|Walking on Slippery Surfaces
The safety issue we had impacted the following users:
Anyone working on or walking on slippery surfaces
The safety issue we had was:
During the winter months or the rainy season walking surfaces can be difficult to navigate. Workers in the bush or log haulers may experience free/thaw cycles which make road surfaces or block terrain slippery, workers at a mill yard may find the traction on grating and walkways around the job site may vary causing an unexpected slip or fall.
Our innovative approach was:
Educating workers about the conditions that cause a slip or fall
- Statistics show the 60% of falls happen from the same level, meaning a slip or trip. This can be caused by wet surfaces, weather hazards or surfaces that do not have the same degree of traction in all areas.
- The slip can result from an unintended or unexpected change in the contact between the feet and the walking surface.
- Changing weather conditions can create icy surfaces on compact roadways, on stairways and equipment surfaces or a crust on snow laden blocks.
- Properly fitting footwear with the right type of sole materials and lug pattern increases comfort and prevents fatigue. Footwear worn indoors in heated locations may be more apt to slip when suddenly shifting to a cold outdoor surface
- Ground conditions or equipment surfaces may pose a hazard when exiting a vehicle or equipment
- From a biomechanics perspective, slips and falls are a result of a combination of how quickly a person is moving, angle (either of the surface or the angle of the foot when pushing off from one foot to another) and the applied force (again, the force of pushing off from one foot to another, jumping or stepping up/down).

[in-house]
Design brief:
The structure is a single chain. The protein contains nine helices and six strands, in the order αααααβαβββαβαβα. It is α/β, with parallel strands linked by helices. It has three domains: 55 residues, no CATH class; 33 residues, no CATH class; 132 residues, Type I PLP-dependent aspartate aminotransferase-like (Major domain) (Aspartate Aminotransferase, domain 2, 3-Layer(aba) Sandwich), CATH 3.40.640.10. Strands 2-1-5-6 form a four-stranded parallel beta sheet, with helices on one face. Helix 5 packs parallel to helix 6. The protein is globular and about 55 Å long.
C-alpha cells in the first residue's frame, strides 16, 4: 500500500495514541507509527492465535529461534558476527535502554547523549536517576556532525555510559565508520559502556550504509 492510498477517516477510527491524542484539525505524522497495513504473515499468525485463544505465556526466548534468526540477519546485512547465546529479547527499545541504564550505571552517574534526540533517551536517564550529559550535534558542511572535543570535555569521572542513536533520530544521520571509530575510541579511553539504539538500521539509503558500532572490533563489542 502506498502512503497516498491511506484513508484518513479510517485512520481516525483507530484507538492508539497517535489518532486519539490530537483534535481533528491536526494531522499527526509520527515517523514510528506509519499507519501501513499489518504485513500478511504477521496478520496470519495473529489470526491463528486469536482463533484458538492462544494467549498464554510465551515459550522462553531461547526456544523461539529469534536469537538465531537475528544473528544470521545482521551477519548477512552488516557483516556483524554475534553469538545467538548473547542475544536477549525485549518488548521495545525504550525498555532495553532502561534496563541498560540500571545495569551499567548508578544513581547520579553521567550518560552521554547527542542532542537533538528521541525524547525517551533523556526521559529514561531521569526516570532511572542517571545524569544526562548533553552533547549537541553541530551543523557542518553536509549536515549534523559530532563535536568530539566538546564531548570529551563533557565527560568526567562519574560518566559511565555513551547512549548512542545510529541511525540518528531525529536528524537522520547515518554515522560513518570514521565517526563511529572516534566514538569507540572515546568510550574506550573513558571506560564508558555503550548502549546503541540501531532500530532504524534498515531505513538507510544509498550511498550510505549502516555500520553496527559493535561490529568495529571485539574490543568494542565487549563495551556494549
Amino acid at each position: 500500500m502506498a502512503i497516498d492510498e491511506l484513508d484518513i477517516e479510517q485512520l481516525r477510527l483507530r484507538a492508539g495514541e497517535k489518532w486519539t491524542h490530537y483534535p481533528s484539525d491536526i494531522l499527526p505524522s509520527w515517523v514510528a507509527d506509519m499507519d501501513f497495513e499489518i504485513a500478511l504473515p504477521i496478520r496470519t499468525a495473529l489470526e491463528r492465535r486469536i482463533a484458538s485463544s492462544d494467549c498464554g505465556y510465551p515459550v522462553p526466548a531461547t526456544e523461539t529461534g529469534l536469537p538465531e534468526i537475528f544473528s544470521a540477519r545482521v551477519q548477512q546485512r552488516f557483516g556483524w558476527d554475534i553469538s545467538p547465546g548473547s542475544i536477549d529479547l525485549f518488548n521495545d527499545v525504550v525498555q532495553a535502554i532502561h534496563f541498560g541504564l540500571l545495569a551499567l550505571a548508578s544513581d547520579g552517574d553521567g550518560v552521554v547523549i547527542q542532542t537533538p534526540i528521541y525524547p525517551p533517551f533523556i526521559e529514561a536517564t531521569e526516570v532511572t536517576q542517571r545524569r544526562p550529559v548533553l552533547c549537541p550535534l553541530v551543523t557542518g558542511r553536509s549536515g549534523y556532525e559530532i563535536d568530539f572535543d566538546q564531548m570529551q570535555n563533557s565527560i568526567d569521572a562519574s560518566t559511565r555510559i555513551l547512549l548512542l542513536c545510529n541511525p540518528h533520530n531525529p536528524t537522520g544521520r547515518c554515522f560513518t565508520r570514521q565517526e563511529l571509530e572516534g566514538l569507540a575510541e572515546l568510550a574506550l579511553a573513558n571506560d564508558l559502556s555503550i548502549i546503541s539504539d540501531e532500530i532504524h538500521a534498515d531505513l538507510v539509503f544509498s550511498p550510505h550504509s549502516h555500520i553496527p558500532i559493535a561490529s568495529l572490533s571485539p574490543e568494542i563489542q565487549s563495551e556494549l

Provide information on products to minimize slippage
- Whenever possible, eliminate slippery surfaces by clearing snow, chipping away ice or sanding walkways.
- Add-on components such as YakTrax or studded slip-on traction devices can help stabilize a worker when moving across slippery surfaces. However, using this solution for preventing a slip or fall outdoors may become the problem when returning indoors or to clear surfaces as they can potentially cause instability on clear surfaces! Use these products as needed and remove when appropriate.
Give practical examples of how to reduce your personal risk
- Use RADAR when you know you are walking in, around up/down slippery surfaces or getting out of a vehicle or equipment. Consider how the ground conditions may impact balance and traction.
- Use a three point contact on stairs, four point on stairs with ice or snow accumulation
- Slow down, keep your knees loose, widen your stance and shorten your stride when moving across slippery surfaces. Avoid carrying heavy loads.
- Try the “Penguin walk” – turn your feet out slightly, keep the heel weighted to avoid rolling forward on to the front of the foot and keep your arms out to the side for balance
- Think of yourself as a front wheel drive where the foot out front ‘pulls’ you forward instead of the rear foot ‘pushing’ forward.
- Consider a fitness program to improve muscle tone, balance and coordination.
The difference it made to our safety operations was:
- Minimizing risks to workers of injury due to slips/falls
- Creating awareness around potential hazards and using that awareness to better our systems (ie: a pre-emptive sanding program that targets trouble spots before workers are exposed to slippery surfaces)